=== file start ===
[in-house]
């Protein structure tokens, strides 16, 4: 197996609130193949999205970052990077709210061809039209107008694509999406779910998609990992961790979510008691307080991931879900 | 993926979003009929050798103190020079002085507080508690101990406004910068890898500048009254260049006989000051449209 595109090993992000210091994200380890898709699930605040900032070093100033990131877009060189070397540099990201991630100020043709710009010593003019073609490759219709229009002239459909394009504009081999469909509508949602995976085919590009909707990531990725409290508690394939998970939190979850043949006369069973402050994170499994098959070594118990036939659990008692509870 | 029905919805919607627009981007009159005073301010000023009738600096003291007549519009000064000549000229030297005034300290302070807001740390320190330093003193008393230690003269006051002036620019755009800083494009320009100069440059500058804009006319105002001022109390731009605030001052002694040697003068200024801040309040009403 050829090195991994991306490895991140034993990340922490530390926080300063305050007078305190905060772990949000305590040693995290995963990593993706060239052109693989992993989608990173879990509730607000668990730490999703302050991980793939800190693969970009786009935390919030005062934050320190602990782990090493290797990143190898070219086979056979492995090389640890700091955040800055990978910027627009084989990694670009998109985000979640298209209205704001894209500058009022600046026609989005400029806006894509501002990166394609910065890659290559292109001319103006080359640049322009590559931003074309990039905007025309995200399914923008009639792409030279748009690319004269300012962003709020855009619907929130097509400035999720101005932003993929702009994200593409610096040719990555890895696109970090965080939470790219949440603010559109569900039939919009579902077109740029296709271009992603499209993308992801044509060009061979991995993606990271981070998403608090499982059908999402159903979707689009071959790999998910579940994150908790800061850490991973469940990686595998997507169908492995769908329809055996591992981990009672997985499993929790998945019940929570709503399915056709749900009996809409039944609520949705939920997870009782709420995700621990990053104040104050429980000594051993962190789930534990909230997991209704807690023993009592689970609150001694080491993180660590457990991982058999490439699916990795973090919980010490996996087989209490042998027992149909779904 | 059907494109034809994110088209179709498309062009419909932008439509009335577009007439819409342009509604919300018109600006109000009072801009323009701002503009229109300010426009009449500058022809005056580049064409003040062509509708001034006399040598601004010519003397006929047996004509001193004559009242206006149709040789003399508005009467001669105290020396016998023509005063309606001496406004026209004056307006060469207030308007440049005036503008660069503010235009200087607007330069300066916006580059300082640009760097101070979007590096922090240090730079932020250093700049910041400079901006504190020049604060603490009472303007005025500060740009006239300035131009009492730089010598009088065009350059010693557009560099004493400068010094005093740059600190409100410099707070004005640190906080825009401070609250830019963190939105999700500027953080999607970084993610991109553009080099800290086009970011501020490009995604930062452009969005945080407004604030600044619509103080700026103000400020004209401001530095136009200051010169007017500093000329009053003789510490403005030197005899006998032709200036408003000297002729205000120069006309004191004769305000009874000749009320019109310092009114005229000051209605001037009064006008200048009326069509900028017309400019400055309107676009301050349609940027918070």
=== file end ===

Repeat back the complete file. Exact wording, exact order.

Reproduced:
[in-house]
């Protein structure tokens, strides 16, 4: 197996609130193949999205970052990077709210061809039209107008694509999406779910998609990992961790979510008691307080991931879900 | 993926979003009929050798103190020079002085507080508690101990406004910068890898500048009254260049006989000051449209 595109090993992000210091994200380890898709699930605040900032070093100033990131877009060189070397540099990201991630100020043709710009010593003019073609490759219709229009002239459909394009504009081999469909509508949602995976085919590009909707990531990725409290508690394939998970939190979850043949006369069973402050994170499994098959070594118990036939659990008692509870 | 029905919805919607627009981007009159005073301010000023009738600096003291007549519009000064000549000229030297005034300290302070807001740390320190330093003193008393230690003269006051002036620019755009800083494009320009100069440059500058804009006319105002001022109390731009605030001052002694040697003068200024801040309040009403 050829090195991994991306490895991140034993990340922490530390926080300063305050007078305190905060772990949000305590040693995290995963990593993706060239052109693989992993989608990173879990509730607000668990730490999703302050991980793939800190693969970009786009935390919030005062934050320190602990782990090493290797990143190898070219086979056979492995090389640890700091955040800055990978910027627009084989990694670009998109985000979640298209209205704001894209500058009022600046026609989005400029806006894509501002990166394609910065890659290559292109001319103006080359640049322009590559931003074309990039905007025309995200399914923008009639792409030279748009690319004269300012962003709020855009619907929130097509400035999720101005932003993929702009994200593409610096040719990555890895696109970090965080939470790219949440603010559109569900039939919009579902077109740029296709271009992603499209993308992801044509060009061979991995993606990271981070998403608090499982059908999402159903979707689009071959790999998910579940994150908790800061850490991973469940990686595998997507169908492995769908329809055996591992981990009672997985499993929790998945019940929570709503399915056709749900009996809409039944609520949705939920997870009782709420995700621990990053104040104050429980000594051993962190789930534990909230997991209704807690023993009592689970609150001694080491993180660590457990991982058999490439699916990795973090919980010490996996087989209490042998027992149909779904 | 059907494109034809994110088209179709498309062009419909932008439509009335577009007439819409342009509604919300018109600006109000009072801009323009701002503009229109300010426009009449500058022809005056580049064409003040062509509708001034006399040598601004010519003397006929047996004509001193004559009242206006149709040789003399508005009467001669105290020396016998023509005063309606001496406004026209004056307006060469207030308007440049005036503008660069503010235009200087607007330069300066916006580059300082640009760097101070979007590096922090240090730079932020250093700049910041400079901006504190020049604060603490009472303007005025500060740009006239300035131009009492730089010598009088065009350059010693557009560099004493400068010094005093740059600190409100410099707070004005640190906080825009401070609250830019963190939105999700500027953080999607970084993610991109553009080099800290086009970011501020490009995604930062452009969005945080407004604030600044619509103080700026103000400020004209401001530095136009200051010169007017500093000329009053003789510490403005030197005899006998032709200036408003000297002729205000120069006309004191004769305000009874000749009320019109310092009114005229000051209605001037009064006008200048009326069509900028017309400019400055309107676009301050349609940027918070």